Wells’s lawsuit introduced her to the world of newspaper publishing, and she began writing, sharing her perspective on the political, economic, and gender issues facing African Americans and women. As her points of view gained widespread recognition, she earned the designation of the “Princess of the Press.”[2] When a Memphis mob lynched her friend Thomas Moss along with his business partners Calvin McDowell and William Stewart in March 1892, Wells dealt with her grief by using her pen. Her perspective countered the white media’s portrayal of the three middle-class black businessmen as crooks and troublemakers and led Wells to turn a critical eye to the white press coverage of other lynchings. She began traveling to sites of mob violence and interviewing local witnesses. Although whites leveled the accusation against black men of raping white women to justify lynchings, Wells failed to find any evidence to support these charges of sexual assault. She believed whites constructed such allegations to hide their economic and political motivations. Wells compiled her findings into an article, sent it to press, and boarded a train to attend a conference. When the article was published in Memphis by her newspaper, the Free Speech, local whites, outraged by her claims, destroyed her newspaper office. Armed men watched her home with the intention of killing her on sight. As it was unsafe for her to return South, Wells settled in New York City, where she found allies in the black clubwoman movement, whose members focused on social reform and racial betterment. They supported Wells’s work by founding the Ida B. Wells Testimonial Reception Committee to raise money and publish her findings in the pamphlet Southern Horrors: Lynch Law in All Its Phases (1892). Her work gained Wells an ally in Frederick Douglass and she began lecturing across the nation and in England, launching an international campaign to reveal the truth behind the increasingly widespread practice of lynching.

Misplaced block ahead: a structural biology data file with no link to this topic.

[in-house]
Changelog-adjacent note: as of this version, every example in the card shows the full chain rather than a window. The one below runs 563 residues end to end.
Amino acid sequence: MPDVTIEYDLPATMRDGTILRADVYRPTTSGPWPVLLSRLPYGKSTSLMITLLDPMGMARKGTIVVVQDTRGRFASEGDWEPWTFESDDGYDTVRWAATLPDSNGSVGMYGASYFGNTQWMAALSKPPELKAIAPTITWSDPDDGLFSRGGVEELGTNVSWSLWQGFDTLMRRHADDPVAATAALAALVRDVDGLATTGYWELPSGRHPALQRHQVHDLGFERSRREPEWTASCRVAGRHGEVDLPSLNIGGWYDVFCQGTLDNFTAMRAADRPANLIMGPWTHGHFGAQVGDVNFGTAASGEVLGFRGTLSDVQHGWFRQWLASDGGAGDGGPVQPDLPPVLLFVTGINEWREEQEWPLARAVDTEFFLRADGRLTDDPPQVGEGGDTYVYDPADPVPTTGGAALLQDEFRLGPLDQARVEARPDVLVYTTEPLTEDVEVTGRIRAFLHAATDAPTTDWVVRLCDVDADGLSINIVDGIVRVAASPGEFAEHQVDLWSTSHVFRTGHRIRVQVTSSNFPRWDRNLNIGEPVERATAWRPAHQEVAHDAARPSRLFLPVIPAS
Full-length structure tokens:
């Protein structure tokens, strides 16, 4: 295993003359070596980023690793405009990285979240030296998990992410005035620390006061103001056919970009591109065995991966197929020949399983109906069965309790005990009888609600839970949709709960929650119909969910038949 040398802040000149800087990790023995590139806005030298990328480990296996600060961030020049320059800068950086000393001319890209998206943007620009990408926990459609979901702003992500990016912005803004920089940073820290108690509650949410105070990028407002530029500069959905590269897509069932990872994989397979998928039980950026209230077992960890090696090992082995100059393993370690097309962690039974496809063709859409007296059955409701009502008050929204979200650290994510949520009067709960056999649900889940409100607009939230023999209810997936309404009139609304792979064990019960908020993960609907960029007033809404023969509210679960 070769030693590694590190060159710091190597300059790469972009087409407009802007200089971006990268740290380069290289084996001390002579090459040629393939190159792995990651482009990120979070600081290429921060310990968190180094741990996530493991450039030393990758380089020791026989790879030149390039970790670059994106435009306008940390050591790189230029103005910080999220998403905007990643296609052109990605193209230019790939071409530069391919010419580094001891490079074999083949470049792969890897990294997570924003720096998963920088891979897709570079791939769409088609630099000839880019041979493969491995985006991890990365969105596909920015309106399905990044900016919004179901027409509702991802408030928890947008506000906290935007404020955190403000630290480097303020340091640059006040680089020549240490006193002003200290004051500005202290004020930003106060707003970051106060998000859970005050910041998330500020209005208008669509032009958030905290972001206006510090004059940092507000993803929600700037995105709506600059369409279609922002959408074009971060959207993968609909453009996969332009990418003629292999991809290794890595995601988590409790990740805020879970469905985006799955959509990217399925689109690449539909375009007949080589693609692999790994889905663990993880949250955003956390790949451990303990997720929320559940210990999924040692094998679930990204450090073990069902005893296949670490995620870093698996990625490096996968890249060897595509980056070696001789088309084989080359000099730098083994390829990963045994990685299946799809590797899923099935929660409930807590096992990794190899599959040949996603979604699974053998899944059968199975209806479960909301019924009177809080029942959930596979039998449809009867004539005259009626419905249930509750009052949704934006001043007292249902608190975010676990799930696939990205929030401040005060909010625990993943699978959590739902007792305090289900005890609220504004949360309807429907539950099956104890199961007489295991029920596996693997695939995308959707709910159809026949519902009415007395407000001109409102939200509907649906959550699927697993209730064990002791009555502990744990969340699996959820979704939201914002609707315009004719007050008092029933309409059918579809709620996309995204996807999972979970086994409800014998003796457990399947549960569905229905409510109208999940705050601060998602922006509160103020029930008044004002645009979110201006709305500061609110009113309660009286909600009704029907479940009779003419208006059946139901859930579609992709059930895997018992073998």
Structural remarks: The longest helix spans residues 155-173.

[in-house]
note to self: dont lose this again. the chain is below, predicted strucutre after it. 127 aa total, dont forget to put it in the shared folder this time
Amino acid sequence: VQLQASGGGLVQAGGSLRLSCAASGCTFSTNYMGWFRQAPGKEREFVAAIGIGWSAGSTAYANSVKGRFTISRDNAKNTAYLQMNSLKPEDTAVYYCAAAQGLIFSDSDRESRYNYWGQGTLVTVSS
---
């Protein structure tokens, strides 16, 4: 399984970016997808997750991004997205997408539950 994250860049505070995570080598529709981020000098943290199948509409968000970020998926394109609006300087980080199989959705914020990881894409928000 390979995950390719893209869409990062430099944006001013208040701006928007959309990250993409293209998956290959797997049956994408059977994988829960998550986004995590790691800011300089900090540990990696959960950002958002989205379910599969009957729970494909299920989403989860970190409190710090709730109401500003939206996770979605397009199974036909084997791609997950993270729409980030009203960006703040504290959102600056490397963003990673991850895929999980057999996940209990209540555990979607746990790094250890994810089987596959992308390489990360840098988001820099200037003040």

Upon returning from her second international tour in 1895, Wells married lawyer Ferdinand L. Barnett and moved to Chicago, Illinois. As an outward sign of her continued commitment to her own identity, she hyphenated her last name, an uncommon practice in the nineteenth century. Wells-Barnett continued investigating lynchings around the country, and other social reformers, including Hull House co-founder Jane Addams, joined her anti-lynching cause. Her increased exposure also subjected Wells-Barnett to criticism, with one activist describing her as “a bull in a China shop” in reference to her blunt approach to sensitive subjects. [3] Additional critiques focused on her insistence on voicing her opinions, and in doing so, failing to be deferential to whites or black men in leadership roles. She faced swift professional repercussions after she publicly spoke out against African American education reformer Booker T. Washington for not refuting the message of whites that black men were sexual predators. Washington’s supporters blocked her efforts to maintain leadership roles in national organizations. In response, Wells-Barnett sought to create new spaces for her activism.